Role model your values. Role modeling your values is a lot like leading by example. You conduct yourself at work in a way that best reflects your values. Doing this can give you a stronger senses of your personal and professional goals and objectives. It’ll also make it much easier to identify potential employers who have values that align with your own, and working for an organization with similar values can improve your engagement at work. You’ll be a much happier employee.
Practice communication skills. Learning to effectively communicate under pressure is a critical skill in the workplace, so now’s the ideal time to add this particular talent to your repository. Learn to really listen by paying attention to what others are saying and not saying during a conversation. Sometimes, what’s left unspoken can tell you a lot about the actual meaning behind the words. Also, practice biting your tongue and work on your empathy — it’ll help you respond more effectively in stressful situations. Speak up in a positive, proactive way when input is invited.
Manage the content you share. Sharing has become almost habitual, owing largely to social media. Be aware of everything you share — both written and verbal. Ask yourself if what you’re about to communicate is important to your occupational pursuit. Managing the content you share doesn’t just safeguard you from sharing something you may regret, it also helps you create healthy boundaries in the workplace. This is yet another skill you can take with you to your next job.
Think proactively. People often think either proactively or reactively. The benefit of thinking proactively is that you think through ahead of time, which means you’re better able to adapt to the ups and downs inevitable in the workplace. You start to anticipate what lies ahead. You see the consequences of actions. This informs how you act toward colleagues and managers, which allows you to do what you say you’ll do. As a result, you’ve just sharpened the skill of accountability.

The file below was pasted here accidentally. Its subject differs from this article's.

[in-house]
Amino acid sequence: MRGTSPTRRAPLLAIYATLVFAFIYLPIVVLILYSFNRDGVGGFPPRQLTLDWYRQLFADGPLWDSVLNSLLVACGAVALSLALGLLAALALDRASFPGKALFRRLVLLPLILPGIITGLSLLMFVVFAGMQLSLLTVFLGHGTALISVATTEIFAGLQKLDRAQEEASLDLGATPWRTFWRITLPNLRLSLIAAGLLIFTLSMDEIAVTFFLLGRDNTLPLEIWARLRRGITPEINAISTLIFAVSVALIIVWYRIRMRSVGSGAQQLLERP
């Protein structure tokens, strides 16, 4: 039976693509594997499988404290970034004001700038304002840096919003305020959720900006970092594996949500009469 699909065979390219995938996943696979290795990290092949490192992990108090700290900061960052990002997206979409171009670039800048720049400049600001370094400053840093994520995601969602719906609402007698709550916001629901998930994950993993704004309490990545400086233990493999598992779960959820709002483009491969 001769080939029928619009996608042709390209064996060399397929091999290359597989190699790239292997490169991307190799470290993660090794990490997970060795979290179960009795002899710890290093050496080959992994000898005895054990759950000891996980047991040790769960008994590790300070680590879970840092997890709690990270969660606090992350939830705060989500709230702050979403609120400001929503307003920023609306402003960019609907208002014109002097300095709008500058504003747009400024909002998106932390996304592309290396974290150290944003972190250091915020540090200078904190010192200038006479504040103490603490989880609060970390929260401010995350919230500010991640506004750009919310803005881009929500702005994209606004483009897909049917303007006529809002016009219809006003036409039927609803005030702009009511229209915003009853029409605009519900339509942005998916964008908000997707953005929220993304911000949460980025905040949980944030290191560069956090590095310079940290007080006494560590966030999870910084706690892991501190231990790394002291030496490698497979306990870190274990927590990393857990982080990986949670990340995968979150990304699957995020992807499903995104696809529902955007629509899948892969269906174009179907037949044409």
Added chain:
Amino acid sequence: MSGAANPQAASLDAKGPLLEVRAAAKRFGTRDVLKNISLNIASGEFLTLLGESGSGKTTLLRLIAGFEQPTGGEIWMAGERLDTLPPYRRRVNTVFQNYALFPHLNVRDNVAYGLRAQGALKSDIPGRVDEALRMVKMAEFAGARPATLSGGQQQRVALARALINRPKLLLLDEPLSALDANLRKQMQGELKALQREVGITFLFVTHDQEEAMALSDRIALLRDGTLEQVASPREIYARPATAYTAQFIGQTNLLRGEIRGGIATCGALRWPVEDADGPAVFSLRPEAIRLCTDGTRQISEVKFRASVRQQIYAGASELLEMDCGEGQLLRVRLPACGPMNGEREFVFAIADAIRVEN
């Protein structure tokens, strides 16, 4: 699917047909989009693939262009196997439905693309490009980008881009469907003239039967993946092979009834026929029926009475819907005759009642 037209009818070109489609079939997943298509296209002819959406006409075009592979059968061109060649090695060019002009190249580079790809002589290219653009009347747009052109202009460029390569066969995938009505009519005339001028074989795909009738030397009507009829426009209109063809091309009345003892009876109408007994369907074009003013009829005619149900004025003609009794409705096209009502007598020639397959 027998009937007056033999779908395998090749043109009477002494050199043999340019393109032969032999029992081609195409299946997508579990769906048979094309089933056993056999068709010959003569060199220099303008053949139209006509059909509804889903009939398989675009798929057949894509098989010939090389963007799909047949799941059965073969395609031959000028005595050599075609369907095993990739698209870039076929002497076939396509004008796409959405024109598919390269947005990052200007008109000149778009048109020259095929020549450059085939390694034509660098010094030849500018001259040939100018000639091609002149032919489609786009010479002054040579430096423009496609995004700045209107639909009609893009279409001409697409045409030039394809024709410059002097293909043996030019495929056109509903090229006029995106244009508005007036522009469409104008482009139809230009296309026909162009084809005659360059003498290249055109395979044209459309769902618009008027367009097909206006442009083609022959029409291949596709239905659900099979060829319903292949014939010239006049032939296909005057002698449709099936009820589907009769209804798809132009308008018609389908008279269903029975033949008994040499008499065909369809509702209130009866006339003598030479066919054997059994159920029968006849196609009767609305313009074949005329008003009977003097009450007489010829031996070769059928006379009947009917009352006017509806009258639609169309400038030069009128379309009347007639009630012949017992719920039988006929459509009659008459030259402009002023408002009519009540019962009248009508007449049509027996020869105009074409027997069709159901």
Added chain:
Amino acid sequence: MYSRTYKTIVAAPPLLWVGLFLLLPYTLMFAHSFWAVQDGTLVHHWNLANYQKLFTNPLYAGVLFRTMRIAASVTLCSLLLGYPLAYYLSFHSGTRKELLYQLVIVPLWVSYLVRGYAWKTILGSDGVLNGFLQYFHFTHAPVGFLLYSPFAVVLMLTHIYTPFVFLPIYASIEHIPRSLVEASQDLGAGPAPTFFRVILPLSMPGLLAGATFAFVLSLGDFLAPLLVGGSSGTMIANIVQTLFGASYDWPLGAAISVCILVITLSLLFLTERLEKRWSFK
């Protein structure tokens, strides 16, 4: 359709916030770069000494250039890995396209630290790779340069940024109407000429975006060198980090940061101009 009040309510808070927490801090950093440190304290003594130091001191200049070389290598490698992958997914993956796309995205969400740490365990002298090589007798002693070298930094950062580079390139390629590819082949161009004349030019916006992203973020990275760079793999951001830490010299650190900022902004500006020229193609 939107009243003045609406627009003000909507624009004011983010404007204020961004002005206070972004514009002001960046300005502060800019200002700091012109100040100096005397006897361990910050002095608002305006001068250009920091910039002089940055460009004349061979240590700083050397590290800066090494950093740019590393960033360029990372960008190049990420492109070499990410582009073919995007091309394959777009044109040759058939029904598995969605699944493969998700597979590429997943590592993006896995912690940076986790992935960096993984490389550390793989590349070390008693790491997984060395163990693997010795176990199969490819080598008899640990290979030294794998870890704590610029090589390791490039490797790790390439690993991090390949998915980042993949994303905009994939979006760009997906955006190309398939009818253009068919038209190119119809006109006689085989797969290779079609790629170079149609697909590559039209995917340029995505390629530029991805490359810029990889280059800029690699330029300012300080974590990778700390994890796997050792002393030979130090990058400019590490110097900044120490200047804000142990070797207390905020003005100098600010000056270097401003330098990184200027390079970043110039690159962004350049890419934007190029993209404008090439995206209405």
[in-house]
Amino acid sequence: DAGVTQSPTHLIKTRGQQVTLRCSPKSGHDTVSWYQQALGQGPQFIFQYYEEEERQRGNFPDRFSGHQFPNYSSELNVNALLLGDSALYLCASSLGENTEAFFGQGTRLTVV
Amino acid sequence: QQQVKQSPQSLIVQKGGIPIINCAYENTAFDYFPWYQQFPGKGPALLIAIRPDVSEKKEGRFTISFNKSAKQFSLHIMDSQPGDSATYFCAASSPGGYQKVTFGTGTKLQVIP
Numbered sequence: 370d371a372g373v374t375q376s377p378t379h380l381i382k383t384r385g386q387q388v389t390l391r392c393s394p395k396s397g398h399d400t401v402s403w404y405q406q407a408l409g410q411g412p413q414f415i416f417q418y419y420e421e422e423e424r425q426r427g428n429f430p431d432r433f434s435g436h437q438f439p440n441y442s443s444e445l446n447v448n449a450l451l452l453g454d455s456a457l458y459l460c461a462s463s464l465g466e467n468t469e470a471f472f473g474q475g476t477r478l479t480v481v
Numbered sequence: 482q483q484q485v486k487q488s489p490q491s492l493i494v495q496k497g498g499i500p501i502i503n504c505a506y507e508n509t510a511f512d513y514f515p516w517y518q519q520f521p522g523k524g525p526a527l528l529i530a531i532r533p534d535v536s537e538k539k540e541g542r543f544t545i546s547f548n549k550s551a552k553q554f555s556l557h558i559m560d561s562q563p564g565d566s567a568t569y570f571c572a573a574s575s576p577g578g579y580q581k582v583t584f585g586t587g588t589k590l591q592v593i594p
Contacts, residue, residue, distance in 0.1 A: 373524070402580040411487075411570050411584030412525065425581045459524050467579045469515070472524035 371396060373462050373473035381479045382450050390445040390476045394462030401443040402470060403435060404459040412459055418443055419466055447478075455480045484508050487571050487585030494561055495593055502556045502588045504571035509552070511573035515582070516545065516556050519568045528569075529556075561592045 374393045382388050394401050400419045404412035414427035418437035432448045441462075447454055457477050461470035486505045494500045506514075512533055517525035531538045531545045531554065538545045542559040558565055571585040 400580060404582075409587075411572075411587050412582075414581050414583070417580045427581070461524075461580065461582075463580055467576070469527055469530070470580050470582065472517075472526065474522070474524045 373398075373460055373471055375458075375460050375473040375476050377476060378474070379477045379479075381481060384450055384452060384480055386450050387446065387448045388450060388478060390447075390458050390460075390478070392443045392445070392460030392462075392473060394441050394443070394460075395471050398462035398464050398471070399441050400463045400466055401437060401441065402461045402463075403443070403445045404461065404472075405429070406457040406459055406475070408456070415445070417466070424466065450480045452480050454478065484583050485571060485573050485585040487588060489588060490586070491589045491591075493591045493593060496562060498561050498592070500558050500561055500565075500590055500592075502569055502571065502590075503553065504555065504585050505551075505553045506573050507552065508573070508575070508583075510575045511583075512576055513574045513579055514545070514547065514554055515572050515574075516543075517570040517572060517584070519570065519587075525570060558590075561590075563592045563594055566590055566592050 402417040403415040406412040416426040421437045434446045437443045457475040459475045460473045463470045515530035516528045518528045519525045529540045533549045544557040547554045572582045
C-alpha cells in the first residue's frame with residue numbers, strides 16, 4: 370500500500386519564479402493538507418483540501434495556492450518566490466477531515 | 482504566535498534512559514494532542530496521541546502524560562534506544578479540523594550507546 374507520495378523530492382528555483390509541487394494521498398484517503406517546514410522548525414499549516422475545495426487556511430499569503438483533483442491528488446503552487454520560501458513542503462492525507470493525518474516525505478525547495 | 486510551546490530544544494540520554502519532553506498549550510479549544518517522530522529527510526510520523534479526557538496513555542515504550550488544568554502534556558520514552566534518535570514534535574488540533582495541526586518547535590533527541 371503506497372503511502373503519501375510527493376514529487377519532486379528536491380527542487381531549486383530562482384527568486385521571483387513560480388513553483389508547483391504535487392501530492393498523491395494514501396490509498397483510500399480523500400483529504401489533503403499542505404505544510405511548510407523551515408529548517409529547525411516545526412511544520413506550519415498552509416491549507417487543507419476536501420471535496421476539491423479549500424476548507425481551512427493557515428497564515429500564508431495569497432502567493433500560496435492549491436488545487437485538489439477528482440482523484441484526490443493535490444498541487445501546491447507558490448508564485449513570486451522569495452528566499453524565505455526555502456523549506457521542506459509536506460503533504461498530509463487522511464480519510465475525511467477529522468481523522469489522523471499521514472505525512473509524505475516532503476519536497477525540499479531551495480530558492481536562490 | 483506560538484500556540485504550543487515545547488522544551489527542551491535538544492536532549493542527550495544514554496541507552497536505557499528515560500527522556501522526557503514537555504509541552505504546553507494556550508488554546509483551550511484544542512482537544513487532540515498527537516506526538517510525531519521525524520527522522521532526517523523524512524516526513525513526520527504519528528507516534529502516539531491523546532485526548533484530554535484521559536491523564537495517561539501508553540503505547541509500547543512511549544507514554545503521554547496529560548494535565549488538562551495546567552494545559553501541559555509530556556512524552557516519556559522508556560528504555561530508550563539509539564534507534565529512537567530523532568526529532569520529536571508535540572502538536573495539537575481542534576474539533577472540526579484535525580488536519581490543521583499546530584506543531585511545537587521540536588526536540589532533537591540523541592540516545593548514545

Observe a little self-care. Reassure yourself that your current situation is temporary. You will find a new job that’s better than the last one.
Developing and strengthening skills can be hard work, especially when you’re hoping to jump ship soon. But the time and energy you invest will show up in how you handle yourself on the work floor and when you finally walk out that door.
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Dr. Jan Hoistad
Dr. Jan Hoistad is passionate about helping individual professionals, career seekers, business owners, partners, and teams develop the skills necessary to achieve success and fulfillment in their occupational pursuits and personal lives.
A pioneer in the field of professional coaching, Dr. Hoistad has advised countless CEO’s, executives, business group heads, emerging leaders, partners, teams, and professionals in career transition and business development. She helps them dig deep, and sometimes loosen up, so they can start living by their values, finding their purpose, and achieving their professional and personal goals with intent and confidence.
Dr. Jan Hoistad